Spicy turkey? Check. Black-bean veggie? Yup. Pork and shrimp dim sum? Believe it, man! Presenting—with the help of some of America's top burger chefs—some of the most adventurous burgers you could eat (which we recommend you do immediately).
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The Next Burger Boom
We're not certain exactly when the humble burger stopped being defined as just a greasy stack of beef and cheese—or, as Los Angeles superchef Roy Choi calls it, “the head of the snake,” the snake being our historically awful American diet.
But we’re glad as hell it happened and that the better-burger trend is spreading: Colorado’s Larkburger chain turns out sustainably sourced tuna burgers; fresh-meat mecca Umami Burger uses black beans, turkey, and ahi tuna; Choi and partner Daniel Patterson just opened L.A.’s Locol, with its insanely delicious, wildly inventive veggie version; even Carl’s Jr., which gave the world the Tex-Mex Bacon Thickburger, now offers a low-cal turkey option.
So, mid-revolution, we sought out some of America’s best chefs to help us assemble the ultimate at-home burgers, each with fresh ingredients, low-fat protein, and a healthier bun. (Whether you add fries is up to you.)
Tuna is the ultimate healthy no-brainer: It has a dense, beef-like texture and flavor but a fraction of the saturated fat, and is high in B vitamins, selenium, and omega-3 fatty acids. When you’re preparing, “mince the tuna using a knife,” says Rich Vellante, executive chef of the Boston-based Legal Sea Foods restaurant group, where the tuna burger has been a menu favorite for decades. “This consistency enables the seasonings—assertive Asian flavors work particularly well with tuna—to bloom throughout the burger, while preserving the integrity of the fish. When buying fresh tuna, ask to sniff it—it should smell like ocean air, not fish or chemicals. We recommend you serve it as they do at Legal, with lettuce, tomato, and red-pepper mayo, or make a quick aioli by spiking Greek yogurt with minced garlic and lemon or lime juice. Ripping out the centers of fluffy bri- oche buns axes calories while creating a juicier burger-to-bun ratio.
INGREDIENTS 1 1/2 lbs fresh tuna (bluefin, yellowfin, bigeye, or albacore) finely chopped 2 tbsp soy sauce 1 tbsp olive oil 1 tbsp Sriracha sauce or other chili paste 1 tbsp honey 2 scallions, minced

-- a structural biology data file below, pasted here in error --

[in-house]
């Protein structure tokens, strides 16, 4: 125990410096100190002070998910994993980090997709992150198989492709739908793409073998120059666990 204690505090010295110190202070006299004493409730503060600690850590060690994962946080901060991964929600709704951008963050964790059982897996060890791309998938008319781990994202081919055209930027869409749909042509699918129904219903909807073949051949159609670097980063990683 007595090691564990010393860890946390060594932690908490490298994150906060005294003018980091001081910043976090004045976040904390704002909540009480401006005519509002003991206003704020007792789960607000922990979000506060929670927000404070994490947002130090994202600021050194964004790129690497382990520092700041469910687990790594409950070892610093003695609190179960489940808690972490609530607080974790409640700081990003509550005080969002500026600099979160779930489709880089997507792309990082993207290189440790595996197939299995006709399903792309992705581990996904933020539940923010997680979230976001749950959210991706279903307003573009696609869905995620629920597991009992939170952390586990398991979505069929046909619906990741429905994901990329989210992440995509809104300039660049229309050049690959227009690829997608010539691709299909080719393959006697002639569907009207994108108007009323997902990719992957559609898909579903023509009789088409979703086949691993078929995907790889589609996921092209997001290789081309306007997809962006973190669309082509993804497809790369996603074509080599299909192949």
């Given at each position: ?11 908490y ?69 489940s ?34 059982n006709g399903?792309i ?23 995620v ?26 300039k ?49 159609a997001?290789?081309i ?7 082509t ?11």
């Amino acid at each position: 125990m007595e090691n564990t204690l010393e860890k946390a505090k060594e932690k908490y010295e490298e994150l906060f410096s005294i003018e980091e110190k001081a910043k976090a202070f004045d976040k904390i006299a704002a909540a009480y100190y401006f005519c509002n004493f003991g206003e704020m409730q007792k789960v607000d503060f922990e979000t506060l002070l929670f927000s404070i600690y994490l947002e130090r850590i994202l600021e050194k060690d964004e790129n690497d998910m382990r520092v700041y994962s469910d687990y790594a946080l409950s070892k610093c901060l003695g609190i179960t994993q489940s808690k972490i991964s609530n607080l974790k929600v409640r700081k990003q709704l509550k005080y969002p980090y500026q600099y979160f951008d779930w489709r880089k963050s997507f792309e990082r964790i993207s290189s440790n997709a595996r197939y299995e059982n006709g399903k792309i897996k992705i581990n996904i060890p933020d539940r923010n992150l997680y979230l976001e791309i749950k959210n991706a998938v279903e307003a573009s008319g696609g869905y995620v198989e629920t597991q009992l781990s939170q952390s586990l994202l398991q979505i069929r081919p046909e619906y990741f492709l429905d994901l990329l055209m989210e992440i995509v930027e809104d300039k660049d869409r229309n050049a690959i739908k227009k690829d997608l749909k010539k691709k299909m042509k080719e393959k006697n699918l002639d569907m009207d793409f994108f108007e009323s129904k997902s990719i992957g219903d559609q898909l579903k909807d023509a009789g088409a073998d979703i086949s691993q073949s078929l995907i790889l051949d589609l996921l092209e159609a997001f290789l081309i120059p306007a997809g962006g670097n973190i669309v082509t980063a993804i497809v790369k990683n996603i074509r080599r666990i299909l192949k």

TOPPINGS Lettuce, tomato, and a creamy sauce
INSTRUCTIONS Mix all ingredients with your hands and form into patties about 1-inch thick. Refrigerate for 30 minutes to firm them up. On a hot grill, or a lightly oiled grill pan over medium-high heat, cook until hot throughout (a touch of pink in the middle is OK), about 3 minutes per side.
Who doesn’t love Chinese dumplings? Richard Blais, owner of Flip Burger Boutique and winner of Bravo’s Top Chef All- Stars, brought those flavors into this luscious burger, which merges health with huge flavor using low-cal, high-protein shrimp and relatively lean pork. Make slider-size and tuck into Chinese steamed buns (available at Asian groceries), or use pillowy potato-flour rolls for a similarly light texture.
INGREDIENTS 1/2 lb ground pork shoulder 1/2 lb shrimp, peeled and deveined 1 tbsp minced fresh ginger 1 large garlic clove, minced 2 scallions, chopped 1 tsp Chinese five-spice powder 1 tbsp soy sauce 1 tbsp sambal oelek or other chili paste 2 tsp toasted sesame oil Drizzle of olive oil
TOPPINGS Kecapmanis, chopped scallion and cilantro, shaved cucumber
INSTRUCTIONS Put the pork in a large bowl. Feed the shrimp through a meat grinder, or pulse in a food processor until coarsely ground; remove and mix well with the pork. In the food processor (or by hand), mince the ginger, garlic, and scallions almost to a paste. Mix into the pork mixture with five-spice powder, soy sauce, sambal oelek, and sesame oil. Form small patties, no more than 1/2-inch thick. Heat a large nonstick skillet or griddle over medium-high heat and coat with olive oil. Cook patties until the middles are opaque and outsides are browned, about 4 minutes per side.